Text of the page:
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Resize the print or scale to fit?

Bill Owens , Nov 07, 2011; 09:49 p.m.

In CS5, is is best to Resample an image (where you can select the method of resampling, e.g. Bicubic Smoother, and the PPI) then print as is (i.e. no Scale to Fit Media), or just leave the image as is and use Scale to Fit Media in the print dialog? What does Scale to Fit assume? Will it matter?
Thanks

Responses

Scott Ferris , Nov 07, 2011; 11:12 p.m.

This is a can of worms :-)

Generally, if I am within 10-15% of where I need to be, I will Scale To Fit, this just works in the printers driver and takes the size adjustment needed in with the actual business of rendering the image from the file it is given to the actions of the print head. Printers are superb at scaling, mainly because they don't "see" pixels, they are interested in shading and gradations and work in much much smaller chunks of information, it takes thousands of ink drops to make one pixel.

If I am outside the 10-15% I will resample with an appropriate method and PPI. I do this because the printer needs x amount of information per inch, after all it doesn't know if I am trying to print a chessboard or a grey scale ramp, it needs enough pixel information to determine that first. If you push Scale To Fit too far you get pixelation.

Patrick Lavoie , Nov 08, 2011; 09:58 a.m.

i personally always crop and resize in Photoshop.. and send the final size to the printer or the lab.

I like to know exactly what have been done, and by doing it yourself is the only way ; )

Scott Ferris , Nov 08, 2011; 11:06 a.m.

I agree with Patrick to a degree, but the Print size is so often not the exact size actually printed out on paper.

For sure if you send an 8x10 image to 11x14 paper, you will get an 8x10 image, but when you want to maximise printed area on a particular paper it gets much more difficult. For instance going full bleed necessitates the printer shooting ink outside the paper area, this has to be image information, this is best done by the printer scaling rather than trying to work out the exact figures, indeed many printers won't give you the option, they will rescale automatically when using full bleed options. Also, different settings in the print workflow change the allowable print area, for Epson printers there is a difference between center and center maximum, it might only be a 1/4 inch but it changes the figures, for these kinds of changes I find the printer driver, scale to fit, to be well up to the job.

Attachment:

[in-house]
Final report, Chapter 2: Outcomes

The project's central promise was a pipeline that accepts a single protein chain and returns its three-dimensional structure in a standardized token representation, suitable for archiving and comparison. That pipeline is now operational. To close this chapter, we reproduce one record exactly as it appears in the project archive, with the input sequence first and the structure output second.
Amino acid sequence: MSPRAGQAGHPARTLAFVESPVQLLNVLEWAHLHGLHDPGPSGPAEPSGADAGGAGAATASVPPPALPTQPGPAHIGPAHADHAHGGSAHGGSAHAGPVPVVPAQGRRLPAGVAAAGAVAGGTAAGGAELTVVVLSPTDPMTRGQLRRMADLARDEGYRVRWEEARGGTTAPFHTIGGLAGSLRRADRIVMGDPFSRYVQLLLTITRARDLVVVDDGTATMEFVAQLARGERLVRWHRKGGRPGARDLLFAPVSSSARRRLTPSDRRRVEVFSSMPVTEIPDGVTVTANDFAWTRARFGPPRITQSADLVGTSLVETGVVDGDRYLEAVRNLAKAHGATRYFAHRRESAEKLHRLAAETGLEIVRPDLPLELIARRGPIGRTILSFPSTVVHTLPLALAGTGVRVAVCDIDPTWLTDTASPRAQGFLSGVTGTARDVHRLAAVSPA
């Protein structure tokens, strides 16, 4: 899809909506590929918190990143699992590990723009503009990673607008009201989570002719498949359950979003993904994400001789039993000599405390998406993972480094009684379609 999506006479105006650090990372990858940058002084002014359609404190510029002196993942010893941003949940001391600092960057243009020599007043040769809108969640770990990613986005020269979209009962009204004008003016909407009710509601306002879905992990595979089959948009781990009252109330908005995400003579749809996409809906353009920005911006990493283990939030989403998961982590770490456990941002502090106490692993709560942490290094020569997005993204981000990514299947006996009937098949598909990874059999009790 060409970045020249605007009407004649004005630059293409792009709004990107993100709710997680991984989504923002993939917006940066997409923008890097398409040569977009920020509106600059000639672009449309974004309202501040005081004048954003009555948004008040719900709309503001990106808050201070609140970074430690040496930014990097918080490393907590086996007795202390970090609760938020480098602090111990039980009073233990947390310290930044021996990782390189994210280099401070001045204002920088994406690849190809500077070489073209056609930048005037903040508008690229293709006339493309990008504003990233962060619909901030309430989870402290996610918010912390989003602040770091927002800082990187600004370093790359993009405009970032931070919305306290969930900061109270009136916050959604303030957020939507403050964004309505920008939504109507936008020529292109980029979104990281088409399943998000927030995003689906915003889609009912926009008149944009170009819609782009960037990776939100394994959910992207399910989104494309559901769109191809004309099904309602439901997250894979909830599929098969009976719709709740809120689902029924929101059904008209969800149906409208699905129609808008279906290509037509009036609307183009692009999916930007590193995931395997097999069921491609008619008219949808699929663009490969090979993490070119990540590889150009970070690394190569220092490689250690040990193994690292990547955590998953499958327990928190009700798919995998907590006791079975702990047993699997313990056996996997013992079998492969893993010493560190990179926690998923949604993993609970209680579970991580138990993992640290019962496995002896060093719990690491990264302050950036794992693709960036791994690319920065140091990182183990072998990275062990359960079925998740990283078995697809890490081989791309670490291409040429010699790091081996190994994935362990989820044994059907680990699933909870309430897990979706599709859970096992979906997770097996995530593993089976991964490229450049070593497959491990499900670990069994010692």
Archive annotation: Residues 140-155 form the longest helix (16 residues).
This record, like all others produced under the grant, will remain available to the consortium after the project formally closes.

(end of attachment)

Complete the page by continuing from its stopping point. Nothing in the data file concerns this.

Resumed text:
Having said that I am comparatively new to high quality printing myself, having farmed it out for years, and have the greatest respect for Patrick's input here.

Scott M. Knowles , Nov 08, 2011; 09:00 p.m.

Interesting and as said, it's about personal choice. I make copies of the original for each print size, usually 4x6 for cards or 8x10 and larger for framed prints, and then crop, resize, etc. to the exact size for each print size. This way I can make any size on demand and don't have to rework any image, just open and print.

Bill Owens , Nov 09, 2011; 10:35 p.m.

Thanks for the responses. I experimented with scale to fit to force pixelation, and better understand the benefit of resampling beforehand.

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